‘’’The York Mercury’’ was York’s first newspaper. It was printed by Grace White, the proprietor of her late husband's printing house in Coffee Yard, Stonegate. The first number appeared on 23 February 1719.
In January 1721 the printing house and newspaper came into the possession of Charles Bourne, following the death of Grace White, and in 1724 Thomas Gent author of ‘’History of York’’, acquired them by his marriage with Bourne's widow.
Gent's first issue, for the week 16-23 November 1724, appeared under the new title of the ‘’’Original York Journal’’’, or ‘’’Weekly Courant’’’. By 1728 it was renamed ‘’’The Original Mercury, York Journal, or Weekly Courant’’’.
It continued publication until at least 1739.
Thomas Gent published and wrote several works in London before his acquisition of the Coffee Yard press; in 1742 he moved his press to a house in Petergate. In York he suffered greatly from the competition of the press and newspaper established by John White in 1725; nevertheless, a large number of books was printed and published by Gent.
As a result of the hostility between himself and Gent, John White (printer and bookseller of Newcastle and son of Grace and John White) established a press in Stonegate, near St. Helen's Church, and the first number of his newspaper, the York Courant, appeared in August or September 1725. In 1734 White sold his business to John Gilfillan; it later came into the possession of Alexander Staples of London who moved the press to Coney Street, almost opposite St. Martin's Church; Staple's business failed in 1738 and the press passed to Caesar Ward and Richard Chandler. The newspaper was published in Ward's sole name.
Indiscretions of Chandler and the resultant bankruptcy of the firm led to Ward's sale of the printing house in 1745; the York Courant of 25 June was published by Ward's former assistant, Richard Bucktrout.
With the help of the historian Francis Drake and others, Ward was able to re-establish his business, and by 4 February 1746 the York Courant was again appearing under his name. It was Ward's successful management of the newspaper which forced Gent to discontinue his own paper. In 1745 Ward was reprimanded by the Speaker of the House of Commons for contemptuous reporting of parliamentary proceedings. Under White the York Courant was a four-page quarto; under Staples and Ward it was a four-page folio.
Caesar Ward was succeeded at his death in 1759 by his widow Ann who moved the press to a house next to the George Inn, on the opposite side of Coney Street. In 1788 Ann Ward took George Peacock into partnership, and the York Courant, still containing four pages, was published in their joint names. After Ann Ward's death in 1789, Peacock remained as sole proprietor until 1809 when he was succeeded by his son Caesar who published the paper until 1819. For six weeks in December 1819 and January 1820 the paper was printed and published by Ann Peacock but she was then succeeded by Henry Cobb; he renamed the paper the York Courant and Original Advertiser, and it was published under that title until 27 April 1848. The paper had in 1815 been bought by the proprietor of the York Herald, and it was amalgamated with that paper in 1848.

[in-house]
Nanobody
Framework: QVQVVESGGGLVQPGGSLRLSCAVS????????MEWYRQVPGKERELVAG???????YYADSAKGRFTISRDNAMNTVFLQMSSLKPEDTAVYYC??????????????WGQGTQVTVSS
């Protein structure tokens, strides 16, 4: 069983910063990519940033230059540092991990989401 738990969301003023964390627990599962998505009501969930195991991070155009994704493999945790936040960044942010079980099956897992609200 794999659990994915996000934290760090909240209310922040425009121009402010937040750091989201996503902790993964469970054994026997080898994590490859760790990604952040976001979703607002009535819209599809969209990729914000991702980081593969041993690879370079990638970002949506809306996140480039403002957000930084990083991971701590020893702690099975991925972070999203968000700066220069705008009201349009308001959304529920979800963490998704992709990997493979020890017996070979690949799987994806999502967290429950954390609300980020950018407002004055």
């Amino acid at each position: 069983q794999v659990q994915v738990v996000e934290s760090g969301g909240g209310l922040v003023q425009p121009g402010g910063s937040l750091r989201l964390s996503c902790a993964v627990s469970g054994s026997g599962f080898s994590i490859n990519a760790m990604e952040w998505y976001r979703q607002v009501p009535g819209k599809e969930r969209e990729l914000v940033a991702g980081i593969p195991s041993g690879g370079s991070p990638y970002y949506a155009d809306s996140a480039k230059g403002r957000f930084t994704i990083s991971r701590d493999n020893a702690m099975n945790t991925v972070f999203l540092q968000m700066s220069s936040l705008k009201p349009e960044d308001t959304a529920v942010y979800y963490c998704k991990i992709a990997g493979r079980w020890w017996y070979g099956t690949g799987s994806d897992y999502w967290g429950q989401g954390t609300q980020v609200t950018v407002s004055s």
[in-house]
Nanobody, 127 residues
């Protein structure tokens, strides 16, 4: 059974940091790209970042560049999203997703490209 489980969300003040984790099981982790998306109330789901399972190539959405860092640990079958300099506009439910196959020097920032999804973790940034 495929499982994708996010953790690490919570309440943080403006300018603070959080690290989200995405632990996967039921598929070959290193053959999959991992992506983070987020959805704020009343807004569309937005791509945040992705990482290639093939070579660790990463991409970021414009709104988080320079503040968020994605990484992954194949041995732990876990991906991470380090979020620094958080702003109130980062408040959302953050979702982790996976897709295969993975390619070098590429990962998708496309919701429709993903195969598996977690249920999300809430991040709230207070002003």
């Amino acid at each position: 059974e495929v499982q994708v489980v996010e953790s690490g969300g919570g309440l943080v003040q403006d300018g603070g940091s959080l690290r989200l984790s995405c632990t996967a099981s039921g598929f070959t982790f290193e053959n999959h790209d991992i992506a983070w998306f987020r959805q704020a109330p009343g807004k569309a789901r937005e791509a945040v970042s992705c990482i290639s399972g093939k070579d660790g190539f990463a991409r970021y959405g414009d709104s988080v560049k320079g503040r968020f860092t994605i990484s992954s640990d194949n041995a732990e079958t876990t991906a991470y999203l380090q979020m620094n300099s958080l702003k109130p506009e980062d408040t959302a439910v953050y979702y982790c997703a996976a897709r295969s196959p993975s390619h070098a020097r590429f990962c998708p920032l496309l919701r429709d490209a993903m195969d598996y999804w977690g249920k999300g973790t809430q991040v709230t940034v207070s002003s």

Perhaps with the intention of replacing Gent's newspaper, which ceased publication at about this time, John Jackson, printer, began in 1740 to publish a new weekly journal, the York Gazetteer, from his office in Petergate. The paper was not long in existence: it was announced on 4 August 1752 that the publisher had been persuaded to cease publication. The York Gazetteer contained four pages.
John Gilfillan took over the printing house in Coffee Yard, vacated by Gent in 1742, and the first number of his York Journal, or the Weekly Advertiser appeared in November 1745. By April 1746 it had been renamed the York Journal, or the Protestant Courant, and by December 1749 the Protestant York Courant. From early in 1752 the paper was printed for Isabella Gilfillan; it was still published in 1753 but nothing is known of its demise. The York Journal contained four pages.
In 1772 the York Chronicle was established as a rival to the York Courant, the only newspaper then published in the city. The new paper was published weekly by Christopher Etherington, bookseller and publisher, at his press in Coppergate, and the first number appeared on 18 December 1772 under the title of the York Chronicle and Weekly Advertiser. It was at first an eight-page quarto. Etherington produced 3,000 copies of each of the first two numbers and distributed them free of charge; a price of 2½d. was fixed for the 1,650 copies of the third number. The circulation did not reach 2,500 until 1774, in which year the paper was renamed Etherington's York Chronicle; it was then a four-page folio. The circulation subsequently fell below 1,900 in May 1775, and decreased further as a result of an increase of ½d. in the price of the paper which followed the increased newspaper duty of 1776. With this increase in price, the paper was renamed Etherington's York Chronicle, or the Northern Flying Post and General Advertiser. The last number appeared on 24 January 1777 following Etherington's bankruptcy.
The paper continued to be published with the omission of Etherington's name from the title until, on 21 February 1777, it was published by William Blanchard as the York Chronicle and General Advertiser. In 1836, as the York Chronicle and Northern Standard, the paper was published by Henry Bellerby. The York Chronicle was bought by the proprietors of the Yorkshire Gazette in 1839.